sity or college in the United States. The
candidates are to be selected on the
basis of qualities considered by the
state committee in making the final se
lection. These qualifications are quali
ties of manhood, force of character,
leadership; literary and scholastic abil
ity and'attainments: and physical vigor.!
The scholarships are tenable for three
years, subject to the continued approval
of the college at Oxford of which the
scholar is a member. President Ii. F.
Scholz of Reed College has charge of
applications in this state.
Plans Outlined For Spring
Track and Baseball
A tentative plan for the spring intra
mural sports program was outlined by
Hank Foster and Coach George M. Boli
ler in the meeting of representatives of j
the various men’s organizations on the
campus, held in Bohler’s office Thurs
baseball. The “Order of the O” will
have charge of both doughnut track and
baseball and will officiate at the sundry
events. The plans fop- the track rmert,
on Saturday, April 30, outlined by Fos
ter, provide that no man on probation
may participate. Letter men will not i
be eligible to compete in their special
events. Candidates must also turn out
for track a certain number of times be
fore the meet unless already out for
baseball. The “Order of the O’ ’will
provide trainers to assist “Bill” Hay
ward in getting the men in shape. Bach
contesting organization is to have a cap
tain who will turn in a list of the men
going out and who will be responsible
for them. A man will be allowed to en
ter in two track and three field events.
The relay race is not included in the
track events. A silver loving cup will
be awarded the winning team and an in
dividual cup to the high point man.
The events are as follows: Javelin
throw. 1(> lb. shot put. pole vault, high
jump, broad jump, 100 yard dash, 220
yard dash, 440 yard dash. 880 yard
dash 220 yard low hurdles, 120 yard
high hurdles and the half mile relay.
Xo definite arrangements have been
made so far for doughnut baseball ow
ing to the delay in getting the new
fields in shape. According to previous
lilans five diamonds should he now ready
to play on. but nothing has been done
on them as yet. Coach Bohler hoped
to use the percentage system as in
doughnut basketball last fall, but if the
preparation of the fields is postponed
much longer it is probable that the phi
elimination system will be used. Funds
ate not at present forthcoming for the
much needed baseball equipment and the
organizations may have to furnish then
own. Men on probation will be allowed
to take part, but not baseball letter men.
PLAN CHAMBER EXHIBIT
Organization Technique of Commercial
Club Talked at Luncheon.
Questions on the technique of organ
ization were discussed at a luncheon
Thursday evening of the board of di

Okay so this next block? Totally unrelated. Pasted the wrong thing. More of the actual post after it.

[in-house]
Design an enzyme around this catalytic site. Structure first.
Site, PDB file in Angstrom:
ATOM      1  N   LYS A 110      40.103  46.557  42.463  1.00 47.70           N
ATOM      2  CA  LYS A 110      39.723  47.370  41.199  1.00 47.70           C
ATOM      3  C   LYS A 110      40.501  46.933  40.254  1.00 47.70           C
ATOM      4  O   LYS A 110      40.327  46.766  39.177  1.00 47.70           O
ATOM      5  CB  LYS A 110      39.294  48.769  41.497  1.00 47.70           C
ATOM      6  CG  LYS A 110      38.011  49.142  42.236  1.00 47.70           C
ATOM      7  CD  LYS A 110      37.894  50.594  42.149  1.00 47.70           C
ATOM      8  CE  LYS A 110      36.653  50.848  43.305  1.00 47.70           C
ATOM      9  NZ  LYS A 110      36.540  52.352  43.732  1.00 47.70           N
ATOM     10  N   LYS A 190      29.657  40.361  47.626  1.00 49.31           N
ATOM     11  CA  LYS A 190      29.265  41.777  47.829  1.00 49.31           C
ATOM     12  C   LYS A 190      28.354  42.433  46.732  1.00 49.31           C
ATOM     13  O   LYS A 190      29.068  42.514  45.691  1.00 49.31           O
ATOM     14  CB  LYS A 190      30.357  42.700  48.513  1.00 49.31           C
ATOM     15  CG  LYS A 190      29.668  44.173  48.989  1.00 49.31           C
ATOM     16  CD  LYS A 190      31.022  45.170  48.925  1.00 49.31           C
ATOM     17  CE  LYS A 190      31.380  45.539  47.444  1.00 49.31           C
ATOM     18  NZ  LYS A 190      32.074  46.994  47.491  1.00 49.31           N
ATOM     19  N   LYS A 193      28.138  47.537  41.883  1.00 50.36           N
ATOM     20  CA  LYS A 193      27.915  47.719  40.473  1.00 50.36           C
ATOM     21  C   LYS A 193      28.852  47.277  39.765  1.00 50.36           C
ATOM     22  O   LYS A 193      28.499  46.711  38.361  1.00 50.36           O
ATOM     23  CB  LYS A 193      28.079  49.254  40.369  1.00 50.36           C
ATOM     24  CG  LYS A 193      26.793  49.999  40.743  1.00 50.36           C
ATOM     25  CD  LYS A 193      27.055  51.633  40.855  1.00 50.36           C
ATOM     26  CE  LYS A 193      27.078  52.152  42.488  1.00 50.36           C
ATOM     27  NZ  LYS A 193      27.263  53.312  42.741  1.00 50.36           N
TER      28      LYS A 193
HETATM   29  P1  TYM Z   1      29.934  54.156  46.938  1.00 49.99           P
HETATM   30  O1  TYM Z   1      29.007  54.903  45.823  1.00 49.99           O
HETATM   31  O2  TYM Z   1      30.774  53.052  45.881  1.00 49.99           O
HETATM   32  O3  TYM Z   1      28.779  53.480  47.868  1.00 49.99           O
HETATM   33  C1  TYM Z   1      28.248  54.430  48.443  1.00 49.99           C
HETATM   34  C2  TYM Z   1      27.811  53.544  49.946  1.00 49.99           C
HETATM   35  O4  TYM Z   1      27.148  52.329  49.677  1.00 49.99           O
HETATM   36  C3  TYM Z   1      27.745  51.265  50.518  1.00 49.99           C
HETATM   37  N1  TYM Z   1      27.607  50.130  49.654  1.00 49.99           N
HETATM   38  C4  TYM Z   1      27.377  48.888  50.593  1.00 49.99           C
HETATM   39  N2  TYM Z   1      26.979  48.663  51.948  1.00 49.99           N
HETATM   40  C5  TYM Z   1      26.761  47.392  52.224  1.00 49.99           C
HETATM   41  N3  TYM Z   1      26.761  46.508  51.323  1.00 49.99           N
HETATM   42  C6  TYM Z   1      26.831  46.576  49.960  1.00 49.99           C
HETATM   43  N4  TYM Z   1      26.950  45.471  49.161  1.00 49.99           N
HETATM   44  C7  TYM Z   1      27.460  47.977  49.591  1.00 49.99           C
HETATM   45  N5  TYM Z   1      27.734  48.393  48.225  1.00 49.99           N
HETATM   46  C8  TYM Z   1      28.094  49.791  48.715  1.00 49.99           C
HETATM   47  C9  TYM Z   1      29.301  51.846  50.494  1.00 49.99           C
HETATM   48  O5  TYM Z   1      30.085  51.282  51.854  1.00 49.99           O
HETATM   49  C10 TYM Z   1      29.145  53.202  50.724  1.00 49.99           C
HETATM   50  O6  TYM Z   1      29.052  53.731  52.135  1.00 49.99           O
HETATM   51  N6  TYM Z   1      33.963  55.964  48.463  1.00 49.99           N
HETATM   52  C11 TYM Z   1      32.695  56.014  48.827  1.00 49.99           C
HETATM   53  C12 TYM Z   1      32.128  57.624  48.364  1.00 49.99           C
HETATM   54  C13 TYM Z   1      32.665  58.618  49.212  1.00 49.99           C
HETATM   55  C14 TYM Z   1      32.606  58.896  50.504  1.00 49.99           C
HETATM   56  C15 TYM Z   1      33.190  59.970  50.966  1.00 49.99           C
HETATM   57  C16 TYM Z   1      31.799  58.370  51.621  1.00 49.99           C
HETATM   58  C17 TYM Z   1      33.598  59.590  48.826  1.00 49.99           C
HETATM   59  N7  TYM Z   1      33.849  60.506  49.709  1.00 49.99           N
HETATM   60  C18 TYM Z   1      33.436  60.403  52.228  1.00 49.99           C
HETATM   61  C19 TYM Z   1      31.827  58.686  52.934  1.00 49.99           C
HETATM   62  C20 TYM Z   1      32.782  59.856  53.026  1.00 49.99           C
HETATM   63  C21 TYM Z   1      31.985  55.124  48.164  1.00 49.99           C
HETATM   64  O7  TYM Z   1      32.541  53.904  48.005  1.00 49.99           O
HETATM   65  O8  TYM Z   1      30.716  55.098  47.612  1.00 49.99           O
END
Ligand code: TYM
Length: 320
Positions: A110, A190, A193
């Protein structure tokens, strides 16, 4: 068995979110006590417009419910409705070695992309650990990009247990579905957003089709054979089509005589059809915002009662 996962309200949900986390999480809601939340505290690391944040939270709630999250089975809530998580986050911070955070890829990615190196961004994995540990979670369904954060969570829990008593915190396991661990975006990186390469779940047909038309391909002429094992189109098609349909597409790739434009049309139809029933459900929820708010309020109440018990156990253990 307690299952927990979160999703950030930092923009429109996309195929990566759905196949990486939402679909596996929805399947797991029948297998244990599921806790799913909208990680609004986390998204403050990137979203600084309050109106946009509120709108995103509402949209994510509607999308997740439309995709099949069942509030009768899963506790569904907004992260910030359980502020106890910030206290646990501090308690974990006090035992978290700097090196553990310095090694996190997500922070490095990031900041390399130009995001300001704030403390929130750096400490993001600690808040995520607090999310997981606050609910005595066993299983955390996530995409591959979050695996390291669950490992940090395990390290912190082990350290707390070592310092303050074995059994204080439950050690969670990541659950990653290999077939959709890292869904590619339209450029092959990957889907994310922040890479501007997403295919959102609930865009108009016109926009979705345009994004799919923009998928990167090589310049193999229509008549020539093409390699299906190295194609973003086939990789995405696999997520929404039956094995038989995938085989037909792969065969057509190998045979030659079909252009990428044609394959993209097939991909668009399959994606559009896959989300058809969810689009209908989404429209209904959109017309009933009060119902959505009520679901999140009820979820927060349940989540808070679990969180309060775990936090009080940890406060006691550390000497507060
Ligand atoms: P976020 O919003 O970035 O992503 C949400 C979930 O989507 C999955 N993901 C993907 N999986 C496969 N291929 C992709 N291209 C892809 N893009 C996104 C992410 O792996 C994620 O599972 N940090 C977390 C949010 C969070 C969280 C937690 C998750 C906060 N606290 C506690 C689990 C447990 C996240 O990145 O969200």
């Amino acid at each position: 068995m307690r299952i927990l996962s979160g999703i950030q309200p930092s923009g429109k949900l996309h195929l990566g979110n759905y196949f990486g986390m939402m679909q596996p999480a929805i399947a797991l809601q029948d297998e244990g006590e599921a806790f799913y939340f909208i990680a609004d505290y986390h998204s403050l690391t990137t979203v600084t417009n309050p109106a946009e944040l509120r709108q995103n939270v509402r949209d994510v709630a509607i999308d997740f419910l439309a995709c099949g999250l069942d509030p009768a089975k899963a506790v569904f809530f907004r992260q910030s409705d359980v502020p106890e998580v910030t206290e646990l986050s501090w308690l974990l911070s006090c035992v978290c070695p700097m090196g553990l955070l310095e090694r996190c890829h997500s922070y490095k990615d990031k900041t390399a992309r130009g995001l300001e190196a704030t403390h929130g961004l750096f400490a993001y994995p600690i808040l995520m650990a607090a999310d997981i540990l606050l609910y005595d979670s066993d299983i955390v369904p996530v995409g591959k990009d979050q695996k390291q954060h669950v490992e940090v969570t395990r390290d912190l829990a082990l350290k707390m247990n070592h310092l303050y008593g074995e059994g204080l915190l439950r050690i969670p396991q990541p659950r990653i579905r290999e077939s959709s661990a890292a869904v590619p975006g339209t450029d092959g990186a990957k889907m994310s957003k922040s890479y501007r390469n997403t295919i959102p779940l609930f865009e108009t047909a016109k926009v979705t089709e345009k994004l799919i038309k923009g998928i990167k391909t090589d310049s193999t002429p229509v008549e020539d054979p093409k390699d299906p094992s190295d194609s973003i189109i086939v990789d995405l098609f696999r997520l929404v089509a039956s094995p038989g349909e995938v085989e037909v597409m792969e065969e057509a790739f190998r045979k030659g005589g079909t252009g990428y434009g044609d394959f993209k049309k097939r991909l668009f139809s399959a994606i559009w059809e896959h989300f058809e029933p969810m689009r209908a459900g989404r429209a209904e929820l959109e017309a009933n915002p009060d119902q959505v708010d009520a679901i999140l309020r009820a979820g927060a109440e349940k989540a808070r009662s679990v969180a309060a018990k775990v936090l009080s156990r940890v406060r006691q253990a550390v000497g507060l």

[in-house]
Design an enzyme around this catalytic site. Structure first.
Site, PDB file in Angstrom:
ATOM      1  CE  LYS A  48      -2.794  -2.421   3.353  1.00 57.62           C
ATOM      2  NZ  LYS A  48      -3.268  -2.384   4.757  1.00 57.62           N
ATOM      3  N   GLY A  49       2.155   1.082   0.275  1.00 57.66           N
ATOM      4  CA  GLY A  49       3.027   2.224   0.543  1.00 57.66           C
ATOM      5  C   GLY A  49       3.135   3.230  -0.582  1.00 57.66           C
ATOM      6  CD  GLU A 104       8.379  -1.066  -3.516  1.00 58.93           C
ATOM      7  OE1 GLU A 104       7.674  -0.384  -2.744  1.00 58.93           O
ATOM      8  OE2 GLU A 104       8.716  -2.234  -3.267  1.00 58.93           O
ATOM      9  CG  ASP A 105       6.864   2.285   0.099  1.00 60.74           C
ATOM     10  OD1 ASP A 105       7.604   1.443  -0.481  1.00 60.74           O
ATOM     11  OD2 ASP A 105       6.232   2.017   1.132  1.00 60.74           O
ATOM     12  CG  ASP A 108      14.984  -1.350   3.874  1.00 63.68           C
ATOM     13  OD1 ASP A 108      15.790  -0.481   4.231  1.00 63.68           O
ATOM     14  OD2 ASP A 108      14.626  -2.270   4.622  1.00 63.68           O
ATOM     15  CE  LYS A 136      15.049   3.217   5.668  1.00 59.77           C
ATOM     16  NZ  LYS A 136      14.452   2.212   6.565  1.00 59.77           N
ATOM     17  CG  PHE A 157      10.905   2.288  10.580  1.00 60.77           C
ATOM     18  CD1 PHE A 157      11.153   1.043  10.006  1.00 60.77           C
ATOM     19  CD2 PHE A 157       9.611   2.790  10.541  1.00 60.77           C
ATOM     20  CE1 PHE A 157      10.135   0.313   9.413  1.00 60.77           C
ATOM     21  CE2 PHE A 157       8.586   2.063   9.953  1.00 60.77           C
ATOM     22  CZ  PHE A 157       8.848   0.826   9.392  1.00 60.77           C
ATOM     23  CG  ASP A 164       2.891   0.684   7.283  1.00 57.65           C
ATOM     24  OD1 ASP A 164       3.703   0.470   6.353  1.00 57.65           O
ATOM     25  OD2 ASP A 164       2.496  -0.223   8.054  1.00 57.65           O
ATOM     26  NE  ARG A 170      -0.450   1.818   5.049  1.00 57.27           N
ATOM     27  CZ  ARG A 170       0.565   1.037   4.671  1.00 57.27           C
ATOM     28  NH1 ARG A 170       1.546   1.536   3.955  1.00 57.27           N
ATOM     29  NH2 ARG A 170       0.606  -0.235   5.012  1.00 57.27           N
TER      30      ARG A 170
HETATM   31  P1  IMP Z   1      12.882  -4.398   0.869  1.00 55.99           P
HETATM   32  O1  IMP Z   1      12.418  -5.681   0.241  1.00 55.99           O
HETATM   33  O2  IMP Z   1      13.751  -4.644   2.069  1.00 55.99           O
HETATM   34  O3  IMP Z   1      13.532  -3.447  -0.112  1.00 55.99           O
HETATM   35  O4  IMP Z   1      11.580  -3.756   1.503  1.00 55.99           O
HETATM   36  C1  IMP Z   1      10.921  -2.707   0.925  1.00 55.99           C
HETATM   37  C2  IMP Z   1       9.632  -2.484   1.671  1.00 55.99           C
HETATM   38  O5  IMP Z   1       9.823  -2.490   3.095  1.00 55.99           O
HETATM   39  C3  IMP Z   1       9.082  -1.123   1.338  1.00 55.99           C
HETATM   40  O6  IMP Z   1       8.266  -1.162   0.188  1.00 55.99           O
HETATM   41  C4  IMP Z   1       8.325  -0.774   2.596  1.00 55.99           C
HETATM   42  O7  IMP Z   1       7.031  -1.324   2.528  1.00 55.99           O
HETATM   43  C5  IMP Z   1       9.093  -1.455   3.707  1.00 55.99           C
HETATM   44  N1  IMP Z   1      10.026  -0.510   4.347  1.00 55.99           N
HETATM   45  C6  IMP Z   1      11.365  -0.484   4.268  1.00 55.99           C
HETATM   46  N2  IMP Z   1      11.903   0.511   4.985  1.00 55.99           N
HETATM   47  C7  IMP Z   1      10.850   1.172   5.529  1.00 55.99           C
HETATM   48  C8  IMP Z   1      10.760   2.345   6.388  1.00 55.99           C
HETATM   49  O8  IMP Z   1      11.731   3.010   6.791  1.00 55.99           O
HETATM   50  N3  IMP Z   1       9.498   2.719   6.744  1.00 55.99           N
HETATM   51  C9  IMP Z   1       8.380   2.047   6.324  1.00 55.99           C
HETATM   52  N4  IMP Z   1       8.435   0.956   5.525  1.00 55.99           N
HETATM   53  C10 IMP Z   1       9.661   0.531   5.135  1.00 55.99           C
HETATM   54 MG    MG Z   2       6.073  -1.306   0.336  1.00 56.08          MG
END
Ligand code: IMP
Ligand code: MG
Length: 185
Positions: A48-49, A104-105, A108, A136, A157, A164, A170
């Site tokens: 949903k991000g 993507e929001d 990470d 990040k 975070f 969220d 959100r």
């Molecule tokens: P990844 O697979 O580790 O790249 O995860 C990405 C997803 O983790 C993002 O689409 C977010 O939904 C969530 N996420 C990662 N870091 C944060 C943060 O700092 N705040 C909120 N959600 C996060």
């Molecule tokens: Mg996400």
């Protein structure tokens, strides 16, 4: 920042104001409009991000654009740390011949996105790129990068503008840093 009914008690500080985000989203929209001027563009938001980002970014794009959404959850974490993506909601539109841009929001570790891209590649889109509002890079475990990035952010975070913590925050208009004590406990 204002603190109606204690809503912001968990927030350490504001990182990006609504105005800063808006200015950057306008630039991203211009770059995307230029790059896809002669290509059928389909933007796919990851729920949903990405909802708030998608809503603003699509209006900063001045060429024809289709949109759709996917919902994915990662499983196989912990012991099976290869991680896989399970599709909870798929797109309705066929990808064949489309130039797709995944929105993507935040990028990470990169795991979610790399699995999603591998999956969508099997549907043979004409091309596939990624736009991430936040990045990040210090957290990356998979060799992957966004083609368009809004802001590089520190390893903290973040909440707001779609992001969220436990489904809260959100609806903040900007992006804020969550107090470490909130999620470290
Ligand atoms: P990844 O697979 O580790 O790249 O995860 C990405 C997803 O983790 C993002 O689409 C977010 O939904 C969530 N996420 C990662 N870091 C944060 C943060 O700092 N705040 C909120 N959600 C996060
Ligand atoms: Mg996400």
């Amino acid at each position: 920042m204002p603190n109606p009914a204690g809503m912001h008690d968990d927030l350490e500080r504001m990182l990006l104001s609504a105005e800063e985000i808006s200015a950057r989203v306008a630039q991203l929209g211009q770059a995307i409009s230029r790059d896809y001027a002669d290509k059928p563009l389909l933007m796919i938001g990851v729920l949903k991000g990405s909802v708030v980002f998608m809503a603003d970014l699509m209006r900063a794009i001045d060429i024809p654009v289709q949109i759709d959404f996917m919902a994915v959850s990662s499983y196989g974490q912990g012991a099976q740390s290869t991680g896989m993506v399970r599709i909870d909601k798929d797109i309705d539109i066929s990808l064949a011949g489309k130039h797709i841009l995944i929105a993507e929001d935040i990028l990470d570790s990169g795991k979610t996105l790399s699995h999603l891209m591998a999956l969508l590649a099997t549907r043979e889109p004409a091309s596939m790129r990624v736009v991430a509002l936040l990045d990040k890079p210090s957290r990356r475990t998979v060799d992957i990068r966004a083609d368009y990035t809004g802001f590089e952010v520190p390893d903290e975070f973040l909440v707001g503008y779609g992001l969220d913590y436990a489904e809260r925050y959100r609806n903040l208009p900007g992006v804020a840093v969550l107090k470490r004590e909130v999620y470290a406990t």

rectors of the University chamber of
commerce with Colin B. Brown of the
National chamber. Members of the Eu
gene chamber were also present.
Plans were also made at. the luncheon
for the exhibit of University products at
the Oregon Home Products exhibition
to be held in the Hampton building, in
Eugene, the first three days of next
week “Our chief exhibit will be our
boys and girls, because they are our
best product.” said Professor Franklin
Folts in discussing the plans for the
show Stereopticon views of University
activities are to be another feature, as
will also be an hourly bulletin to be pub
lished by students giving an account of
the work being carried at the exhibit.
BULL TO STMT
ON TWO NEW FIELDS
New Head of Diamond Sport
to Succeed Student Who is
Absent This Term
FINAL GAMES TO BE
PLAYED FIELD DAY
Miss Perkins to Coach Varsity
It’s spring — and the thoughts of tlio
the Women's Athletic Association and
the department of physical education
for women, are turning again to out
door sports. Baseball, tennis, canoe
ing an darchery are taking the place of
basketball and indoor apparatus work
and preparations are being made for a
big Field Day some time next month.
I1 ans for baseball have not been com
pleted since Dorothy McKee’s failure to
return to school leaves that sport with
out a head in the Women's Athletic As
sociation. Miss Emma Waterman, base
ball coach, urges, however, that the
houses organize for doughnut baseball
.and elect their captains immediately.
Doughnut games will be scheduled as
soon as possible, she says, although
nothing definite can be done until a new
head of the sport is elected. The of
ficial doughnut league baseball will be
the 12-inch outseam ball in place of the
;l6-inch ball which is considered stand
Varsity May Have Contest.
Besides the doughnut series, class
baseball teams will meet and an attempt
will be made to arrange a varsity game.